Absenteeism may reflect underlying challenges of low provider motivation, which may be worsened by workload demands. Measuring the average number of outpatient visits seen by a provider per day, caseload per provider is a critically important indicator that can impact wait time for patients as well as overall access to care. From the provider perspective, caseload is a central component of total workload, and for managers is a measure of efficiency and provider effort. A shortage of providers or high absenteeism may cause caseload to rise, potentially compromising service quality and contributing to provider burnout. Conversely, low caseloads may impact provider motivation, absenteeism, and the opportunity to practice skills and procedures, decreasing providers’ overall ability to convert health system inputs into positive health outcomes.
Data reveal wide variation in caseload across countries, ranging from 38.1 daily patients per provider in Mozambique to only 4.9 in Nigeria and raising many questions that warrant deeper diagnosis. For example, is the challenge in Nigeria one of low demand, where patients bypass care at primary level facilities in preference for care at higher level facilities? Or is it one of supply, exacerbated by Nigeria’s relatively high provider absence rate of 32.2%? In Mozambique, are providers able to deliver high quality care, given their relatively high workload?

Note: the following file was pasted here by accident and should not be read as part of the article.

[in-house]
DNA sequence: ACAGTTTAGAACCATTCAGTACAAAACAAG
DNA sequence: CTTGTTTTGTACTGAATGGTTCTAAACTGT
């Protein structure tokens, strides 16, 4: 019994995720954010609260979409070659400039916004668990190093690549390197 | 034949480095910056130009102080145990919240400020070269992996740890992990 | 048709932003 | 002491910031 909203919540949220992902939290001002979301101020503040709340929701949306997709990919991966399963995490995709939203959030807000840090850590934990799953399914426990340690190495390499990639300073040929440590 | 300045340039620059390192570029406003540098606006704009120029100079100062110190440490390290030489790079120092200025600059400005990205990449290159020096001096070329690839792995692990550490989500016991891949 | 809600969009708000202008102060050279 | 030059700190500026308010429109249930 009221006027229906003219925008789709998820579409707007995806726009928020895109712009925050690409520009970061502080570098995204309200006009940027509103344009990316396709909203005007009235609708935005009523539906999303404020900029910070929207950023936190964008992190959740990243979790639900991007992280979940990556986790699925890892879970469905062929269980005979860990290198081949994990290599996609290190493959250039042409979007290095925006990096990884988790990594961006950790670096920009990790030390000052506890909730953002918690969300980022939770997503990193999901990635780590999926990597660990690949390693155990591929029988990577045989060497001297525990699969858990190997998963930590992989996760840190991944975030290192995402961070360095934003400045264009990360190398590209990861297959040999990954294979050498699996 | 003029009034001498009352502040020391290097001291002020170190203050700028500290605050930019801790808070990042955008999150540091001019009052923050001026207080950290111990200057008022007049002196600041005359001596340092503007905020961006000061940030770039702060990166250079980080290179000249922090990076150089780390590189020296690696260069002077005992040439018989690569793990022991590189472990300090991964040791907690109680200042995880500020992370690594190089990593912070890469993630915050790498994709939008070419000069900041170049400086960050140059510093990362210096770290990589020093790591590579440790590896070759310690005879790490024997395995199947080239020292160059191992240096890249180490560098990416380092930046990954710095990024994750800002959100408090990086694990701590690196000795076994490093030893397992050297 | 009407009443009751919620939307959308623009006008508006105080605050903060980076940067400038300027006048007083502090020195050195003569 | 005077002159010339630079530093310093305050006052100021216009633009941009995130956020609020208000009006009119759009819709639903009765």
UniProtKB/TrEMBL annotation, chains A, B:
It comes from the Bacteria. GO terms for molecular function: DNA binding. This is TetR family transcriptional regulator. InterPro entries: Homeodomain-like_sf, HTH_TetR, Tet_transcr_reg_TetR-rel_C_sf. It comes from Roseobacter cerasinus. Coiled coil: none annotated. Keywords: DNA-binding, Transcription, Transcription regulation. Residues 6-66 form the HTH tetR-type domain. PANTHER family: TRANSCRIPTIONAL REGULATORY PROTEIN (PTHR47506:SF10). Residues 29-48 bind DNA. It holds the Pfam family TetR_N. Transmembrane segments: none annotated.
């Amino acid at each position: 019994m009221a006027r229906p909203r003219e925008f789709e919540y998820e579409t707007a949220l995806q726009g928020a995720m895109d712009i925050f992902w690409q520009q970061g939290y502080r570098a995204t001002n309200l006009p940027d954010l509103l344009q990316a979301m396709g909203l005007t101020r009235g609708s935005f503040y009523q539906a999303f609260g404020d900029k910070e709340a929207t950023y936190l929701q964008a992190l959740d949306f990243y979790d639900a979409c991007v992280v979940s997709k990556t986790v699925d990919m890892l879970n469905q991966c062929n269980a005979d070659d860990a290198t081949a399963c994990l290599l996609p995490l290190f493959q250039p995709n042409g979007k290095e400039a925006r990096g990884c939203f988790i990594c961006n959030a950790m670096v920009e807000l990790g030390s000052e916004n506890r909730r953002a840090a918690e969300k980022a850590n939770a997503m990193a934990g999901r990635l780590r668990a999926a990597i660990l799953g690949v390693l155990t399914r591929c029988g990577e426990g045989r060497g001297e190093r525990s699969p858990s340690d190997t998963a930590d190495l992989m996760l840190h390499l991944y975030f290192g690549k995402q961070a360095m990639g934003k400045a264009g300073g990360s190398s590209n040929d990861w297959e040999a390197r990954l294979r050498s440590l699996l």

When health workers are present and seeing patients in facilities, it is crucial to measure the quality of the services they are providing. Diagnostic accuracy is measured by assessing providers’ ability to correctly recognize common tracer conditions in clinical vignettes, including acute diarrhea, pneumonia, diabetes mellitus, pulmonary tuberculosis, and malaria with anemia. Again, the data display significant variation across countries, from 31.6% diagnostic accuracy in Nigeria – implying a high probability that patients will be inaccurately diagnosed and treated, potentially contributing to poor outcomes – to 72.5% in Kenya. Is the variation due to better provider training and ongoing supervision, accessibility of diagnostic tools, a more appropriate daily caseload, or other factors? Furthermore, this is an area where further information would be critical to understand how best to address the issue. For instance, it would be advantageous to know how providers perform in a true clinical setting with the pressures of workload, time constraints, and resource limitations. Once diagnosed, are patients treated correctly?